Let a peremptory writ of mandate issue directing the superior court to vacate its order denying CSAA's motion for summary judgment and directing it to enter a new order granting the motion. The alternative writ is discharged. Upon this decision becoming final the stay previously issued is vacated.
I concur with issuance of the writ and with nearly all of the majority opinion. However, I think “port” means “seaport” and does not mean some “other place within a covered domain from which ․ travel over international waters might occur.” (Maj. opn., p. 249.)
“Words used in an insurance policy are to be interpreted according to the plain meaning which a layman would ordinarily attach to them.” (Reserve Insurance Co. v. Pisciotta (1982) 30 Cal.3d 800, 807, 180 Cal.Rptr. 628, 640 P.2d 764.) A “port” is “a place where ships may ride secure from storms ․” (Webster's Third New International Dictionary (1981) p. 1767.) As the majority correctly show, “port of entry” is a term given special significance in the law of tax and tariffs. “Port” is not a common abbreviation of “port of entry.” A layman would not think “port” means “port of entry,” nor, in my view, would a layman think a “port” is some place from which travel over international waters might occur, unless there is a harbor for ships there.
1. It has been said that “language which might be considered ambiguous as applied to some circumstances is not necessarily ambiguous per se.” (Herzog v. National American Ins. Co. (1970) 2 Cal.3d 192, 199, fn. 5, 84 Cal.Rptr. 705, 465 P.2d 841.) The statement may mislead. The meaning of language is to be found in its applications. An indeterminancy in the application of language signals its vagueness or ambiguity. An ambiguity arises when language is reasonably susceptible of more than one application to material facts. There cannot be an ambiguity per se, i.e. an ambiguity unrelated to an application. (See Foremost Insurance Co., supra, 134 Cal.App.3d at p. 572, 184 Cal.Rptr. 635.)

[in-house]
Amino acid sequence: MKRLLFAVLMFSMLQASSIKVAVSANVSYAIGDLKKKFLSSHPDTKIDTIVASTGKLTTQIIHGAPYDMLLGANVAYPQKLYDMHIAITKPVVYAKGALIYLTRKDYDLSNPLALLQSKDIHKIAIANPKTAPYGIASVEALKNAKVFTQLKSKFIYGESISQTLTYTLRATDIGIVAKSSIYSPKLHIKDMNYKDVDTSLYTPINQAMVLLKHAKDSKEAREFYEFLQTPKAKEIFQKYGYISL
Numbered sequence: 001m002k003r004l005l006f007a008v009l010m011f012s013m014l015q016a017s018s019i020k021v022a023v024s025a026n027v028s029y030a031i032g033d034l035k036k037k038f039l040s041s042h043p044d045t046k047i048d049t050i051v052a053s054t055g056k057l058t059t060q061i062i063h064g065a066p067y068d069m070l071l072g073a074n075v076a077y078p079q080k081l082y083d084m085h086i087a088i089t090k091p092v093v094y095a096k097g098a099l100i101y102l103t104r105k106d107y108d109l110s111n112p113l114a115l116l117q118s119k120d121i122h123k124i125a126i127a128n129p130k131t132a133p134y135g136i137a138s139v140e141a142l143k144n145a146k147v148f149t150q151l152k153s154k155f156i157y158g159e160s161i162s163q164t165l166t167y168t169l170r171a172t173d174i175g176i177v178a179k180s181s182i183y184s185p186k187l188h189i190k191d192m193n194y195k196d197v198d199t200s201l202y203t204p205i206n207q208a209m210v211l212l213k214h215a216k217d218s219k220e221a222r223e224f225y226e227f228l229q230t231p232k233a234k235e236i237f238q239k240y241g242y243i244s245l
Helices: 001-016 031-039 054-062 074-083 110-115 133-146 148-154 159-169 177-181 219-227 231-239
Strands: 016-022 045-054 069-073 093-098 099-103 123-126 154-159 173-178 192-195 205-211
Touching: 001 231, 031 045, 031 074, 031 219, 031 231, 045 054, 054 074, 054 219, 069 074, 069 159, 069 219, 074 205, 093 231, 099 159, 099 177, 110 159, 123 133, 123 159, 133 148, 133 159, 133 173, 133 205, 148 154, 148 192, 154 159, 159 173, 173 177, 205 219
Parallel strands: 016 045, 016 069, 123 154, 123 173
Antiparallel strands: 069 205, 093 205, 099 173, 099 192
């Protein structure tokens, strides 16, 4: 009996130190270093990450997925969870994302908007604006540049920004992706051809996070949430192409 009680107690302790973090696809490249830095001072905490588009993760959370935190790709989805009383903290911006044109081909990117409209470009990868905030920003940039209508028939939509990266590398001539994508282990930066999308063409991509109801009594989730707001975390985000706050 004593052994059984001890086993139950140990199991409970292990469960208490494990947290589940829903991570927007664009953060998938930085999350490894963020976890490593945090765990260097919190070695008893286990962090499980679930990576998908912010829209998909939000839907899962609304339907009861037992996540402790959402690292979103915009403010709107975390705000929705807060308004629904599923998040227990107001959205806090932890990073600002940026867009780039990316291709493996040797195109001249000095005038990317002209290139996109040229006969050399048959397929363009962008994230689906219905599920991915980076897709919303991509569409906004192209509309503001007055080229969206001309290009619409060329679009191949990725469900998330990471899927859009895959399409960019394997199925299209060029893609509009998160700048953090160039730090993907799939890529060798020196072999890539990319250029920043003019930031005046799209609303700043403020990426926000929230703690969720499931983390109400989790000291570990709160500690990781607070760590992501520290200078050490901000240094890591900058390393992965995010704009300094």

2. It is of historical interest that CSAA's territorial limitation provision has undergone modification. At one time it said: “ ‘This policy applies only to accidents, occurrences and loss during the policy period while the automobile is within the United States of America, its territories or possessions, or Canada, or is being transported between ports thereof.’ ” (Orig. emphasis & emphasis added.) This provision was at issue in United Services Automobile Assn. v. Kresch (1975) 48 Cal.App.3d 640, 643, 121 Cal.Rptr. 773. The policyholder was injured while riding in an uninsured taxi cab in Mexico and sought coverage under the uninsured motorist provisions of his policy. The court read “automobile” to mean insured automobile. So read, the words of limitation did not apply, oddly enough, “[s]ince the Kresch vehicles ․ were in the United States at the time of the accident․” (Ibid; fn. omitted.)CSAA, probably reacting to this decision, modified the words of limitation to exclude reference to “automobile” and to the transportation of an automobile. That led to the semantic difficulties assayed in this case.
BLEASE, Associate Justice.
EVANS, Acting P.J., concurs.